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Topic - Julie Bataille
The Obama administration that it doesn't know how many people will take advantage of the latest extension to buy insurance on the health care exchanges, in a move that signals just how determined President Obama is to make his law's economics work.
Millions of Americans could get extra time to enroll for taxpayer-subsidized coverage this year under President Barack Obama's health care law. That would let the administration boost sign-ups and aid Democrats under attack over the program's troubles.
INDIANAPOLIS (AP) — Record-keeping snags could complicate the start of insurance coverage this month as people begin using policies they purchased under President Barack Obama's health care overhaul.
The Obama administration said up to one in four of the forms that transmitted enrollment data from the federal Obamacare exchange to insurers may have contained errors in October and November, according to a preliminary review.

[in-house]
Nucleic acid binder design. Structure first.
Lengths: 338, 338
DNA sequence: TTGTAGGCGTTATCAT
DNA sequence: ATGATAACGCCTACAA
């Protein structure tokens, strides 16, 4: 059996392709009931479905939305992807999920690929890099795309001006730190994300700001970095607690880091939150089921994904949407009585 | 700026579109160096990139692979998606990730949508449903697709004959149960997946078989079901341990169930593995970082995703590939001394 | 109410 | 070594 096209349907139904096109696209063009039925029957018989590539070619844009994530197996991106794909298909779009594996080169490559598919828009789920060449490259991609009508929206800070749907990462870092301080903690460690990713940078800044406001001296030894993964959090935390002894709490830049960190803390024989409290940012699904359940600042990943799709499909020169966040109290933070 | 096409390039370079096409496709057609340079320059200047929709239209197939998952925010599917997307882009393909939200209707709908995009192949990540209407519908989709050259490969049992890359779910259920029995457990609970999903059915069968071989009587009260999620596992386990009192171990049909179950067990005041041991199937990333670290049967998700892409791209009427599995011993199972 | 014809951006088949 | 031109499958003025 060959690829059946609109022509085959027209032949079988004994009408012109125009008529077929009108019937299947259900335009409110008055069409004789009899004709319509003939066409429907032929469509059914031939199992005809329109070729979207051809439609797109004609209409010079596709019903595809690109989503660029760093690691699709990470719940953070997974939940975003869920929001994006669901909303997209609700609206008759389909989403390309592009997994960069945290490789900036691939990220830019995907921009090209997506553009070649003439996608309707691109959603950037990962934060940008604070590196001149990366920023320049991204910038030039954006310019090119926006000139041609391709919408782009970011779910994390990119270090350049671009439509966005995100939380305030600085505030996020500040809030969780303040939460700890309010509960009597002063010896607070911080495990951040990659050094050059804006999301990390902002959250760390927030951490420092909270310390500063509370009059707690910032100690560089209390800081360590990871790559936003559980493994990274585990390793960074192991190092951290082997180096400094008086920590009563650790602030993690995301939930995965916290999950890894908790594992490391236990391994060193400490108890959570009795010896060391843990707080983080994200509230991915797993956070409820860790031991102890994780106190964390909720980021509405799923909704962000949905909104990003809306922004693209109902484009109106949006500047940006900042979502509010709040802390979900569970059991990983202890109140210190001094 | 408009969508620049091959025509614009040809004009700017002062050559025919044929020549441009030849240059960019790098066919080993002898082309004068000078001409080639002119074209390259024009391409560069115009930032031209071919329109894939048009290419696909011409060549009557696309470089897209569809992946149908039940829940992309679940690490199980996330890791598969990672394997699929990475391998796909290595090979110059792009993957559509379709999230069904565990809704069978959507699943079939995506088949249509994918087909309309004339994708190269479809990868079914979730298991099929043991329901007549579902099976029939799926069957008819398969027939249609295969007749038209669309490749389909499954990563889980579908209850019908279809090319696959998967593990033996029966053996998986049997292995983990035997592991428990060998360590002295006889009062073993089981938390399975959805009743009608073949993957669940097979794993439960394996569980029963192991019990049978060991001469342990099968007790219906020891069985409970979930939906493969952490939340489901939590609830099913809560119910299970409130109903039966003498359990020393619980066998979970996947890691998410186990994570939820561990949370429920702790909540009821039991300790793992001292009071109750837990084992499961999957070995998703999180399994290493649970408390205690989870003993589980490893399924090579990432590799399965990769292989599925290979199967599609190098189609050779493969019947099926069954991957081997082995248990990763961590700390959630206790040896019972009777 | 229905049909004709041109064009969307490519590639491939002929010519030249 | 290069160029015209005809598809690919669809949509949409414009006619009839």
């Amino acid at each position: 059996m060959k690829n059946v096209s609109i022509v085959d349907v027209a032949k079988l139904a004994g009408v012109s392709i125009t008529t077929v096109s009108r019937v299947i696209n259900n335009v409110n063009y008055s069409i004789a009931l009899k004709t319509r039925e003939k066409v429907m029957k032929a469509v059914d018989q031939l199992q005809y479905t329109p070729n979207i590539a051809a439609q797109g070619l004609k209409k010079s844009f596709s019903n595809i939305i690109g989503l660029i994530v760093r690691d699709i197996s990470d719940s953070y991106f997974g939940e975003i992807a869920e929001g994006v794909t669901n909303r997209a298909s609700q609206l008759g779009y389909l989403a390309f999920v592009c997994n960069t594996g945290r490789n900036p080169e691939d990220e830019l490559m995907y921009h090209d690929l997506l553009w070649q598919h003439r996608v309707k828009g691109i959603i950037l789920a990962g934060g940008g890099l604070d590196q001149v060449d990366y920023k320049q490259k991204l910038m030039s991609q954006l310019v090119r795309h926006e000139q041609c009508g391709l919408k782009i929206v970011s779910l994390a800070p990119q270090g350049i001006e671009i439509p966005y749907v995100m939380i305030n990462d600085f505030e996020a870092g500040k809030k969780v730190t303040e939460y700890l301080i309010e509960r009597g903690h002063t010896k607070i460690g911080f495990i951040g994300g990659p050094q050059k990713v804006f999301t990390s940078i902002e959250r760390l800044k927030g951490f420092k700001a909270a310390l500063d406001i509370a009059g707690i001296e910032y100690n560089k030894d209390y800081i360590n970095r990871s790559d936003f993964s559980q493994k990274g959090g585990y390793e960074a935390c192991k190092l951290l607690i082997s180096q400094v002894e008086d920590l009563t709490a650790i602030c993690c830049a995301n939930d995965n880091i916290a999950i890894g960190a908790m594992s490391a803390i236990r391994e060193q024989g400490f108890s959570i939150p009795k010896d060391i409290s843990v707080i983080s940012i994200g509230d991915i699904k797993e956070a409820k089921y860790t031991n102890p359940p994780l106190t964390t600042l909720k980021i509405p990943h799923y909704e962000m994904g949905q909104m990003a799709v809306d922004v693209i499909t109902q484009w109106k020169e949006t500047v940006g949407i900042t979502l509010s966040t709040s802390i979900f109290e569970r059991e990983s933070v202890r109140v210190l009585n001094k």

The Obama administration said Friday that customers on the Obamacare health insurance exchange will have eight more days to sign up for health coverage this December and still be covered by Jan. 1.
Marilyn Tavenner, President Obama's point woman in implementing the new health care law, told Congress on Tuesday the new health care law is salvageable and that repairs to the federal Obamacare website will coincide with an expected rush of enrollees by early December, even as GOP lawmakers declare Obamacare a failure.
The systemwide defects in Obamacare mounted Monday, from compounding enrollment problems to soaring insurance cancellations to breaches of privacy, as the Obama administration struggled to contain the political damage and repair its laughingstock health care website.
The nation's librarians will be recruited to help people get signed up for insurance under President Barack Obama's health care overhaul. Up to 17,000 U.S. libraries will be part of the effort to get information and crucial computer time to the millions of uninsured Americans who need to get coverage under the law.
It could "take a few days, it could take a week or so" to help those in line complete the process, said Julie Bataille, a spokeswoman for the Centers for Medicare and Medicaid Services, who likened the waiting consumers to voters who are still in line at the time polls are supposed to close.
"I think it's also important to recognize that this is an official federal application for marketplace coverage," Ms. Bataille said. "Most people are truthful when applying for those benefits."